Diagnosing And Fixing P0139 Honda Accord – Oxygen Sensor Slow Response Code

The P0139 Honda Accord code indicates a slow response from the rear oxygen sensor. This can be caused by a faulty oxygen sensor, wiring issues, or exhaust leaks. Replacing the sensor or fixing exhaust leaks will typically resolve the problem.

The P0139 Honda Accord oxygen sensor diagnostic trouble code (DTC) is one you don’t want to ignore. It indicates that there is an issue with the Bank 1 Sensor 2 oxygen sensor’s response rate. This sensor measures the oxygen content of the exhaust stream. It helps the engine control module (ECM) adjust the air/fuel ratio for optimal performance and emissions. When it malfunctions, engine performance suffers.

What Does The P0139 Code Mean?

The P0139 code means that the Bank 1 Sensor 2 oxygen sensor is taking too long to respond to changes in exhaust oxygen content. This sensor is located after the catalytic converter.

There are several failure modes that can cause slow response:

  1. The oxygen sensor is contaminated or losing sensitivity
  2. The sensor is faulty and needs to be replaced
  3. There is increased resistance in the sensor circuit wiring
  4. The sensor connector or terminals are damaged or corroded

The slow switching response time between rich (low oxygen) and lean (excess oxygen) conditions is detected by the ECM. If it exceeds the ECM thresholds, the P0139 code is set.

Bank 1 refers to the side of the engine where cylinder #1 is located in the firing order on Honda Accord models.

Sensor 2 is the engine’s second oxygen sensor – the downstream sensor located after the catalytic converter.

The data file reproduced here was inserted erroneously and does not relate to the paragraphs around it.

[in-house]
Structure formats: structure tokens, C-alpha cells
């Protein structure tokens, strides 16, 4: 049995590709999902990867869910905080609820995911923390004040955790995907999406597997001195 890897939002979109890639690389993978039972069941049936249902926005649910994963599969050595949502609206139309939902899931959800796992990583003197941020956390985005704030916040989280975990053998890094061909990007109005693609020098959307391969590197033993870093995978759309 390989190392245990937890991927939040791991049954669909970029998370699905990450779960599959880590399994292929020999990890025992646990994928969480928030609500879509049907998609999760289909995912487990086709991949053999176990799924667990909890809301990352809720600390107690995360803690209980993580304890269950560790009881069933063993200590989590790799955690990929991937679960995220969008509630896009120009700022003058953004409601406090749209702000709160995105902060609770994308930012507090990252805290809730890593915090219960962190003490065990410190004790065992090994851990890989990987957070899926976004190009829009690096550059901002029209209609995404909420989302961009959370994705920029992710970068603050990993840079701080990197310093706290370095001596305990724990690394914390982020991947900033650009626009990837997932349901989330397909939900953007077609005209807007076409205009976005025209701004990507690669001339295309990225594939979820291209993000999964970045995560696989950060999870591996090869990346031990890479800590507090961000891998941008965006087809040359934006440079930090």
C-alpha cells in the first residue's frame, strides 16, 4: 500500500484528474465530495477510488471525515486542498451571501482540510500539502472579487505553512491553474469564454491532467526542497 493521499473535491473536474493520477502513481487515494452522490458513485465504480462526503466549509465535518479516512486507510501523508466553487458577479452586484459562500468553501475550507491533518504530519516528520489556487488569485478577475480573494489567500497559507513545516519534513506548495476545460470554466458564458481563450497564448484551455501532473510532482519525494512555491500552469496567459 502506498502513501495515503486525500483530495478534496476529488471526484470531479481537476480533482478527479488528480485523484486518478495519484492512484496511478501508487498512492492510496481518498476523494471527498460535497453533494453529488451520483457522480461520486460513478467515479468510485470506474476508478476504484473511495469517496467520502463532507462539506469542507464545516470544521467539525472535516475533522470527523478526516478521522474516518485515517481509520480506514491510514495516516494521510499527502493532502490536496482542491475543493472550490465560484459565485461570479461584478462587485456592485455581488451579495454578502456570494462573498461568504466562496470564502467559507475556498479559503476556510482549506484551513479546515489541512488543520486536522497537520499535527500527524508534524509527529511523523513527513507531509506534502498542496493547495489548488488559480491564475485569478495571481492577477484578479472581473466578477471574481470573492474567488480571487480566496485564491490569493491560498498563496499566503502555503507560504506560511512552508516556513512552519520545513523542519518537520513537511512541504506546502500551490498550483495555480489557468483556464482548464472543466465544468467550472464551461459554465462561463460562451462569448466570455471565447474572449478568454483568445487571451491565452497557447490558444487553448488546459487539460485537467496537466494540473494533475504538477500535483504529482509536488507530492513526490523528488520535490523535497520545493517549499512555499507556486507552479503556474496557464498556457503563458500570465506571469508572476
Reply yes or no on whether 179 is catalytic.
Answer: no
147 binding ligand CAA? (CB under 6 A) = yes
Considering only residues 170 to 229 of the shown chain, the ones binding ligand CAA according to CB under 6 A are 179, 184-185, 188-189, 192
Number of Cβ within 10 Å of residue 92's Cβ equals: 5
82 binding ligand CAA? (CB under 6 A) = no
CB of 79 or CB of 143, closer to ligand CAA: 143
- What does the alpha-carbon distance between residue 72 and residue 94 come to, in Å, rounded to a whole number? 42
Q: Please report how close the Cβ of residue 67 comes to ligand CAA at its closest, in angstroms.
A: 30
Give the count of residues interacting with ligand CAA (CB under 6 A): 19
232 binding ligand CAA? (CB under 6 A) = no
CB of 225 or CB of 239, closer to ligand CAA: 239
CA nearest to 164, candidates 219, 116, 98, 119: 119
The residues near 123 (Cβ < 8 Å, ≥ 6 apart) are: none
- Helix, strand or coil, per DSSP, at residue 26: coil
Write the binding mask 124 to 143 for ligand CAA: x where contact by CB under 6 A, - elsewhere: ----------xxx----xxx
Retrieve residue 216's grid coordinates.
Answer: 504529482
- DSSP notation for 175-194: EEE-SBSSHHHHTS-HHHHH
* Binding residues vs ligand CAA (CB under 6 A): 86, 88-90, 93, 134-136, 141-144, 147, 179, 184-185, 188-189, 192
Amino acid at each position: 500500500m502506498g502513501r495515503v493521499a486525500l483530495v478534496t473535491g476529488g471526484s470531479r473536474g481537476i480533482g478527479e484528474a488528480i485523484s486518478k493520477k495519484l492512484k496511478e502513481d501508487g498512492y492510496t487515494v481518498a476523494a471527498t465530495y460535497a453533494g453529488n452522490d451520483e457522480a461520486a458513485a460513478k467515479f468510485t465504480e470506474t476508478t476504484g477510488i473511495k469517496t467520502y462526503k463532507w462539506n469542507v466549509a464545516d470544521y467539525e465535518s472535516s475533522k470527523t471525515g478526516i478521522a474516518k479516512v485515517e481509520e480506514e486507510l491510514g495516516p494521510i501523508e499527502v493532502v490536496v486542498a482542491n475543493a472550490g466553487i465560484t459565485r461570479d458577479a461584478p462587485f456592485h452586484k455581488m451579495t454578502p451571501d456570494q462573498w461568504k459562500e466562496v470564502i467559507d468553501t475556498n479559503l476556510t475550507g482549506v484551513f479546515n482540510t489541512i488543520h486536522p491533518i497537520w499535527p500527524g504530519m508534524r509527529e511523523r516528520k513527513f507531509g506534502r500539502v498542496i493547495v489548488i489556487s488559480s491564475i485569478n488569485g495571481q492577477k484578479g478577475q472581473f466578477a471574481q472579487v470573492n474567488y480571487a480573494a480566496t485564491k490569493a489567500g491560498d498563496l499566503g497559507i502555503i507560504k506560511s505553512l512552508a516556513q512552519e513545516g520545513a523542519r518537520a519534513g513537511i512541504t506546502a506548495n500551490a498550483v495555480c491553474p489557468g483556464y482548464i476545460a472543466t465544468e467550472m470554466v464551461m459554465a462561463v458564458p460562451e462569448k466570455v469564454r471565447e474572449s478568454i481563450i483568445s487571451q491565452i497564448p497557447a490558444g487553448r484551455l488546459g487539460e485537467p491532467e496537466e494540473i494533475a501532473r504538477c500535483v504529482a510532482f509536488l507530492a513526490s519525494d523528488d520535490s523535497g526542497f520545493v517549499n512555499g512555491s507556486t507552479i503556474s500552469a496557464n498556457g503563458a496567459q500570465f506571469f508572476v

What Are the Symptoms of A P0139 Honda Accord?

The P0139 itself will illuminate the check engine light. However, an oxygen sensor response problem can cause other symptoms:

  1. Reduced fuel economy
  2. Misfiring, hesitation, rough idle
  3. Failed emissions inspections (due to excess emissions)
  4. Exhaust smells “rotten egg” (caused by high hydrocarbon emissions)
What Are the Symptoms of A P0139 Honda Accord
What Are the Symptoms of A P0139 Honda Accord

Because the oxygen sensor issue is likely intermittent and resets after restarting the engine, the service engine light may illuminate without any obvious symptoms. However, the underlying issue remains.

Failure to diagnose and repair a P0139 Honda Accord code as soon as possible can result in catalytic converter damage due to oxygen sensor issues.

What Causes The P0139 Code On Honda Accord?

Here are the most common causes of the P0139 Honda Accord trouble code:

  1. Failed or Failing Oxygen Sensor
  2. Damaged Sensor Wiring
  3. Exhaust Leaks

Failed or Failing Oxygen Sensor

The oxygen sensor itself is the most likely root cause of P0139. The downstream oxygen sensors have a tougher operating environment than the upstream sensors. They are exposed to higher temperatures and contaminants in the exhaust stream:

  1. The high heat can cause internal degradation and component failure
  2. Contaminants from fuel, oil, and engine wear can coat and “blind” the sensor over time

A failing sensor will react slowly to changes in oxygen levels. The replacement restores the fast switching response. Plan on replacing oxygen sensors every 100,000 miles. Only use genuine Honda oxygen sensors. Aftermarket components frequently fail prematurely..

Damaged Sensor Wiring